“Hereditary”

Critics praise A24 for their award-winning hits like Moonlight and Lady Bird, but their standouts to me are their horror films. Hereditary is A24’s latest art house horror film; it might also be the best they’ve made yet.

Annie Graham (Toni Collette) has lost her abusive, mentally ill mother. As she copes with the loss, Annie’s demons resurface, as do her mother’s haunting secrets. Things only get worse when Annie’s husband Steve (Gabriel Byrne) questions Annie’s sanity, her daughter Charlie (Milly Shapiro) performs ritualistic behavior with dead animals, and her son Peter (Alex Wolff) has violent hallucinations. Saying this family is dysfunctional is an understatement.

Hereditary is more a tragic melodrama than supernatural horror film, but don’t dismiss the horror! Writer/director Ari Aster doesn’t rely on false jump scares or an abundance of gore. Aster infuses real-life tragedy with supernatural mythologies and he doesn’t hold back. Decapitations and combustion haven’t been this horrific in quite some time.

Annie is a miniature artist who designs works based on her own tragic life. The works are expressionistic and nightmarish alone, but almost reflective of Aster’s directing. From the opening long take in Annie’s work shop set to Colin Stetson’s daunting score, we know we’re in for an unsettling ride. The film’s production design, cinematography, and editing are reminiscent of gothic horror films and Annie’s art works, leaving a surreal impression.

Collette gives an incredible performance as Annie and pulls no punches. Annie is a broken introvert who’s wrapped in her art. Collette shows versatility and anguish in her performance. Whether it’s a rage-fueled tangent at the dinner table or a series of awkward monologues about her horrible upbringing, Collette feels genuine as the tortured protagonist.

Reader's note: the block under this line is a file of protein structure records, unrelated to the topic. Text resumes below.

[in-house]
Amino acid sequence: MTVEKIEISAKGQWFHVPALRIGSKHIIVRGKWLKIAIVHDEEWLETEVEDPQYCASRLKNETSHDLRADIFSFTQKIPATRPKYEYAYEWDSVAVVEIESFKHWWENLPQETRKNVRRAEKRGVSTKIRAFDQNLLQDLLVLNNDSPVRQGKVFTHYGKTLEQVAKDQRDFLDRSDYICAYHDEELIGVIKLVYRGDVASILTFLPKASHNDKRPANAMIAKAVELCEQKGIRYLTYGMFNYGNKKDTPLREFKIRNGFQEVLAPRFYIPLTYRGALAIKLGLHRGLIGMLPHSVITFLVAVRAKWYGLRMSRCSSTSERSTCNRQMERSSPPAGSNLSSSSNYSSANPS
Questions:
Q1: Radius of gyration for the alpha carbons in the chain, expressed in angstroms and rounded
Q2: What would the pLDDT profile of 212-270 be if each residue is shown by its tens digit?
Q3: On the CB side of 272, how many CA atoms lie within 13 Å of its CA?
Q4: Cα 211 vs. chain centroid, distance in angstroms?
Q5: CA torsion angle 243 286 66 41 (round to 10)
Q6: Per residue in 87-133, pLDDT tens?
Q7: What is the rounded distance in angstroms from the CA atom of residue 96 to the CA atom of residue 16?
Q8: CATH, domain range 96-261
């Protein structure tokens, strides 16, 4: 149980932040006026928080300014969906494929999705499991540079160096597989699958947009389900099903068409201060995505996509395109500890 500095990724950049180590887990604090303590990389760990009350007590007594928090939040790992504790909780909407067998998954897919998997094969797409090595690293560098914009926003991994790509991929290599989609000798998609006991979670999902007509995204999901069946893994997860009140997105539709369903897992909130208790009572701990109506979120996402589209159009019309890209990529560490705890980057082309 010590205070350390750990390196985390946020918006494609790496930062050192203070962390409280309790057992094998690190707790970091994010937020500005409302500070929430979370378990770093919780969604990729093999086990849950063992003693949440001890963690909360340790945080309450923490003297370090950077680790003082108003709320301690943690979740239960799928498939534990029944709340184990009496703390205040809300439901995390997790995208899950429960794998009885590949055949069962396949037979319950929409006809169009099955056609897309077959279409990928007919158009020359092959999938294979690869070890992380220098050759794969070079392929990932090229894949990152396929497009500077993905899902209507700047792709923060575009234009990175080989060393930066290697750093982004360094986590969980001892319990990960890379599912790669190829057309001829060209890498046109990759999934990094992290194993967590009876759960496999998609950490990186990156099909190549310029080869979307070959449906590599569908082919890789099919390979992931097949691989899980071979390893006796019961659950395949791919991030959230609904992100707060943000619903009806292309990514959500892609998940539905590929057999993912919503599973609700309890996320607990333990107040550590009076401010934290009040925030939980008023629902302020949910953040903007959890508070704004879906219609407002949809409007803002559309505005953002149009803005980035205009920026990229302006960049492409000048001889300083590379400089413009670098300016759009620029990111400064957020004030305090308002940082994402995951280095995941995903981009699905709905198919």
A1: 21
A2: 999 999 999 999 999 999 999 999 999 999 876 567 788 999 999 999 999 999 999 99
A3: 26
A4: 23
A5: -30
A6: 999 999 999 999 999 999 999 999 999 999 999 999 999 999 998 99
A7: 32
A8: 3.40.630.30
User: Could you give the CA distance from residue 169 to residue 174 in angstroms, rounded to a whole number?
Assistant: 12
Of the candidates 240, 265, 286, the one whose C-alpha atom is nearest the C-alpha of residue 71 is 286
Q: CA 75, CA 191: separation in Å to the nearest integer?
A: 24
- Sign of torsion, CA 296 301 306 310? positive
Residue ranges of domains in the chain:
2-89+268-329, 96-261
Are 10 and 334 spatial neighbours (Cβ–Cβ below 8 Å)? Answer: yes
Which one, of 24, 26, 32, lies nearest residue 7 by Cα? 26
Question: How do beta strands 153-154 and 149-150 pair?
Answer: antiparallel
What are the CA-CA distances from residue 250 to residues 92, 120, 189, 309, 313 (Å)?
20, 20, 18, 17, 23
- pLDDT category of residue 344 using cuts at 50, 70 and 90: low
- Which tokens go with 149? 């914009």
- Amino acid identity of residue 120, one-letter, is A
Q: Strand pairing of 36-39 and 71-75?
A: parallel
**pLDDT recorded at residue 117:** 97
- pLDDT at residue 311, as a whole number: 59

I have to admire Aster’s treatment of exposition. I normally dislike telling versus showing, but Aster adds some haunting ambiguity to Annie’s exposition-fueled monologues. Without going into spoilers, there are certain details in Annie’s backstory that sound tragic. When the revelations in the final act occur, a rewatch is necessary to determine what contributed to Annie’s said tragedies.

Hereditary shifts into full horror mode in the final thirty minutes. Aster packs it with frightening imagery in the corners and shadows, sound effects that get under your skin, and a wickedly scary inheritance. Like Annihilation earlier this year and April’s A Quiet PlaceHereditary is a harrowing genre film with more on its mind than genre conventions.

Grade: A+

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“The Witch”

“The Witch” is a slow burn melodrama, but a damn scary one! I applaud writer/director Robert Eggers for creating such a tense and atmospheric period piece.

“The Witch” takes place in the 1600’s and follows a deeply religious New England family, who moves from their plantation to an isolated forest to grow crops. Like most horror films, the family finds themselves cursed *after* moving. They soon believe they’re cursed by God when their crops die, their baby goes missing, and several horrific atrocities occur.

“The Witch” is one of the most mesmerizing and effective supernatural horror films I’ve ever seen. Eggers’ directorial debut is a love letter to witchcraft stories and a heartbreaking depiction of one very dysfunctional family.

We have our innocent protagonist Thomasin (Anya Taylor-Joy), her religiously and sexually confused brother Caleb (Harvey Scrimshaw), creepy twin siblings, her noble-but-dimwitted father William (Ralph Ineson), and her increasingly psychotic mother Katherine (Kate Dickie). Their environment turns them against one another, as do their opposing views of God.

SOME SPOILERS AHEAD! SHIMMY IF YOU DON’T WANT SPOILERS!

The witches are unseen for a majority of the time, but they instigate the family’s descent into madness and watch them fall apart. That’s what makes witches terrifying – their mind games. We also see animals in bizarre scenarios, including a stalker brown rabbit, a black goat that has a violent meltdown, and one disturbing sequence involving a crow.

Eggers directs the actors’ emotions masterfully with tight handheld close-ups, capturing their discomfort and heartbreak. His script’s dialogue is authentic Puritan dialogue that will force you to pay attention to the screen. His ambiguous writing is handled confidently. His buildup to the dark finale will leave you shaken. “The Witch” is a great horror film and not for the faint of heart.

Grade: A+